This is the 28th Avenue Connector in Nashville, Tennessee. It’s a highway improvement project that opened in 2012 with great fanfare. The Connector bridges a rail line that had cut off the Vanderbilt University campus and Centennial Park from an aging industrial park.
The promotional material emphasizes the Connector’s value as a unifying force between West and North Nashville with a lot of talk about economic opportunity and cross pollination of cultures and races. The de rigueur emphasis on “complete streets” is in full force with dedicated bicycle lanes, native plantings, and bioswales. We all know the drill. Some hardworking up-to-date traffic engineer did her momma proud on this project. And, oh… yeah… this road is a third of a mile long and cost $18M.
What did the Connector really connect? From my perspective the medical centers and university needed lebensraum in the form of the old industrial park on the other side of the tracks. The Connector connected a mountain of federal, state, and local transportation dollars to an even bigger heap of subsidies and tax holidays for redevelopment. The hype about a radical reinvention of workspace looks a lot like a 1970’s style suburban office park with some nice shrubbery. Is it terrible? No. But let’s not declare a Victory For The People either. The highway lobby and medical office developers did very well. But that’s it.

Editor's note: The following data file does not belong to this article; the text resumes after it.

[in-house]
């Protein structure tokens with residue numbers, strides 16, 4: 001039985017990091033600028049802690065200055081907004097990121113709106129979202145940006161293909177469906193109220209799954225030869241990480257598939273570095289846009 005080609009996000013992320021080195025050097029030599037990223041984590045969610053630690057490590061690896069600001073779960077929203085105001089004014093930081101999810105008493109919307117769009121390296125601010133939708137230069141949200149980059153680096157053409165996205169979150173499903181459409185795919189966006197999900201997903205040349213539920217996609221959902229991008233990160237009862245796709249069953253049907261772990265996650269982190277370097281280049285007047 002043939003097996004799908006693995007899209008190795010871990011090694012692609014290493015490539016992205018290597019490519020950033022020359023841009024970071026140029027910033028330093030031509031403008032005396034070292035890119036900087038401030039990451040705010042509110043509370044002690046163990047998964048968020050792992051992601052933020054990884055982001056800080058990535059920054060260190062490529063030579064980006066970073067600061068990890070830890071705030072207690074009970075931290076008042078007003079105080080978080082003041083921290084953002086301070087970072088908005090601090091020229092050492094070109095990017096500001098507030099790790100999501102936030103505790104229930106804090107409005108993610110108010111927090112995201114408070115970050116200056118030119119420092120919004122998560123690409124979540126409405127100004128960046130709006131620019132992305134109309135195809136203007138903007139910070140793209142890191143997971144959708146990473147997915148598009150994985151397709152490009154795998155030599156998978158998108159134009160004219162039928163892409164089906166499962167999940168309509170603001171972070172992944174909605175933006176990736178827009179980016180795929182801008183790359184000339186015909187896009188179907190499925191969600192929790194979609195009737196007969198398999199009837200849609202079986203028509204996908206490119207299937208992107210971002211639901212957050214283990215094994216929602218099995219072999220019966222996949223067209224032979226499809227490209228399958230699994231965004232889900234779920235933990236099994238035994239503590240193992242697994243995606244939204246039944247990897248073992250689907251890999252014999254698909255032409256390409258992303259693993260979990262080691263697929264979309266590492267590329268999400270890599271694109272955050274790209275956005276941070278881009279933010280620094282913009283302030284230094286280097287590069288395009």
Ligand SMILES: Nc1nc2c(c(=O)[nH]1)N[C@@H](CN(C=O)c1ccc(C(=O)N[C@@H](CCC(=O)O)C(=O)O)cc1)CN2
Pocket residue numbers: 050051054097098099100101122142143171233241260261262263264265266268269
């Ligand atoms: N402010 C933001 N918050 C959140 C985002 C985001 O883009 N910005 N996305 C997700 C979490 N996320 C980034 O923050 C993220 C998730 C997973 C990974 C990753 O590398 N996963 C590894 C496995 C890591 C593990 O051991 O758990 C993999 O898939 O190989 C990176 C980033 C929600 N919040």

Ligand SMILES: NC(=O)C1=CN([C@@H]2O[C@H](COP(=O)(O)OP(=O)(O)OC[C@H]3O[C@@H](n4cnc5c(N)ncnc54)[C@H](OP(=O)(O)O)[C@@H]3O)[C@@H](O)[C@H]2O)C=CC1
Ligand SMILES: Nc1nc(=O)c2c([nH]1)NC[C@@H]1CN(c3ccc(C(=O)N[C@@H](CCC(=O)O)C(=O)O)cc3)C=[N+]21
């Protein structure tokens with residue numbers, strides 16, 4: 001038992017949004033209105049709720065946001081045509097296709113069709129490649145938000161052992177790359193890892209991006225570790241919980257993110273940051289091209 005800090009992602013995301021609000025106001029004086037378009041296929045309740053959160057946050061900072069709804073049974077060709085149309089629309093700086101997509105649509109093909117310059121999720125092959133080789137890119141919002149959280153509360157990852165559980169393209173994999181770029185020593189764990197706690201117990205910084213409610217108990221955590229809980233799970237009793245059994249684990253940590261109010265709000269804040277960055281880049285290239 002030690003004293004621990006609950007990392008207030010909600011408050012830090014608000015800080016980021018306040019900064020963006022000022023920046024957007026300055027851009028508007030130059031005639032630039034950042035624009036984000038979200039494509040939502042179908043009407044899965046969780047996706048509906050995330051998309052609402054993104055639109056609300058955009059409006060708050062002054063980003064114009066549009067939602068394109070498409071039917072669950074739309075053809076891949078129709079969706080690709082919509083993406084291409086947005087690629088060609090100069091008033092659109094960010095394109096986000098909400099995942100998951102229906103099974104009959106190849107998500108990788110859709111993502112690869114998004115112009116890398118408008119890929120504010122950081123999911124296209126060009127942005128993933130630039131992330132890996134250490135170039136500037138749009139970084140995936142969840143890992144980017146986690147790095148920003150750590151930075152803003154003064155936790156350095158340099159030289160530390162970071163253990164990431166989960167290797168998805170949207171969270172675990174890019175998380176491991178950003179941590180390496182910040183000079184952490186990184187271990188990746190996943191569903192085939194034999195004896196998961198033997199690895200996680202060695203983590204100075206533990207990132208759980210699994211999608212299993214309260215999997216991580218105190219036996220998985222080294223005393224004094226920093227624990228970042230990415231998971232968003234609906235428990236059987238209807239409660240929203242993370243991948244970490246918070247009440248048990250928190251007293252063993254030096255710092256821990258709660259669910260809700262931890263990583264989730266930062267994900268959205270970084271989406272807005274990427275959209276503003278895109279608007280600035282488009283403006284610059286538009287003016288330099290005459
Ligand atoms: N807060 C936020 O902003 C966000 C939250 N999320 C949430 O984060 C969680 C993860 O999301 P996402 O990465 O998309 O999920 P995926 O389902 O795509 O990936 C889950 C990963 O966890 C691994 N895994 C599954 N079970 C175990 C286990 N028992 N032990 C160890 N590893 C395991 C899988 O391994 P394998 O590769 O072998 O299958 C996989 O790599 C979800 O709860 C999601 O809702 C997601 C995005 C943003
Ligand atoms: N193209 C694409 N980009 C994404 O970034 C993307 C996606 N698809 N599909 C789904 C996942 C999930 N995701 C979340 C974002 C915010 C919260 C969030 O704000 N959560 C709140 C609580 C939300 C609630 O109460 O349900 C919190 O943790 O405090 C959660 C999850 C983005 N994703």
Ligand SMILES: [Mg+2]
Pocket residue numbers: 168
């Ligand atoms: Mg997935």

And here’s something that irks me. The entire complex is private. It’s like a shopping mall that appears to be public space until someone the management doesn’t approve of comes along and suddenly you find yourself being escorted off the premiss by security. “Your tax dollars at work.” If a project is going to be substantially paid for by the public shouldn’t it remain public space?
Directly across the highway is the new award winning super premium ecological LEED certified Public Health Center. Look at the size of the building. Now look at the size of the parking lot. How is this different from every other suburban office park ever built? Oh yes. I read the brochure. They irrigate the lawn with air conditioner condensate water, there’s a bicycle station, and a bus stop on the sidewalk.
Wow. They really went all out with the bus shelter. Looks like they put a lot of thought and care into the comfort of this family waiting 45 minutes for the bus. I’m in no way opposed to bike lanes, sensitive landscaping, or water recycling. Just don’t insult me by saying these places are “green”. It’s the same old, same old.